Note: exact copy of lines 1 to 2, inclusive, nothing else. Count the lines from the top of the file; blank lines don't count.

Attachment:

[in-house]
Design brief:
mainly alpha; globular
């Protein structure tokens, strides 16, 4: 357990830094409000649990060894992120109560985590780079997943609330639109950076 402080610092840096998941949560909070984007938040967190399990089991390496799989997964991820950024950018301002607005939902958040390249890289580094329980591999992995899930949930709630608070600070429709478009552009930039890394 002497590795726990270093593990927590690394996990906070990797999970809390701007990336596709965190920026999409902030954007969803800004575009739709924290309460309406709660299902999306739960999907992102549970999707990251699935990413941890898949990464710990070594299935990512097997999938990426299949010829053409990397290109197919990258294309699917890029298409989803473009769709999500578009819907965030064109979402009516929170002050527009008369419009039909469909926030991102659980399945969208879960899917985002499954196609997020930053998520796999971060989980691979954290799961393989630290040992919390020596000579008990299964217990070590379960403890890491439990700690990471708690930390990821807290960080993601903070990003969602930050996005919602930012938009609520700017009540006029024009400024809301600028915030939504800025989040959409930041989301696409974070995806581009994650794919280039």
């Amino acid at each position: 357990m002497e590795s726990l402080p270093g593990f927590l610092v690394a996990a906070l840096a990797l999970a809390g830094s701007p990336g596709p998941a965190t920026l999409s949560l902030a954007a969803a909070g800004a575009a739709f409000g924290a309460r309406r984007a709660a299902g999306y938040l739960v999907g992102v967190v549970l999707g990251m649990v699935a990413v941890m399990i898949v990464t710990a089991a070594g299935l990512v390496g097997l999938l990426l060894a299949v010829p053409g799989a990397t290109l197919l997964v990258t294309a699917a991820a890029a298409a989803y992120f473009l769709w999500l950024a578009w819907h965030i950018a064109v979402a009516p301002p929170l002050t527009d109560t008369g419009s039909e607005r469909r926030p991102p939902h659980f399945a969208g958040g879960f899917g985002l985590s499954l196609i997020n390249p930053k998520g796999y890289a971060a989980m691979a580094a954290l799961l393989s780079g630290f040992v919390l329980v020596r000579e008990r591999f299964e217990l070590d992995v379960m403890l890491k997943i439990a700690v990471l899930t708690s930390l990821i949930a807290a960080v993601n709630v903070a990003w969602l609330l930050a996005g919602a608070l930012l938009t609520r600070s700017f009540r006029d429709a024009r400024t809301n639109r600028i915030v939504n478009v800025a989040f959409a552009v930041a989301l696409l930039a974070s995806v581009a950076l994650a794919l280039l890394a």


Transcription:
[in-house]
Design brief: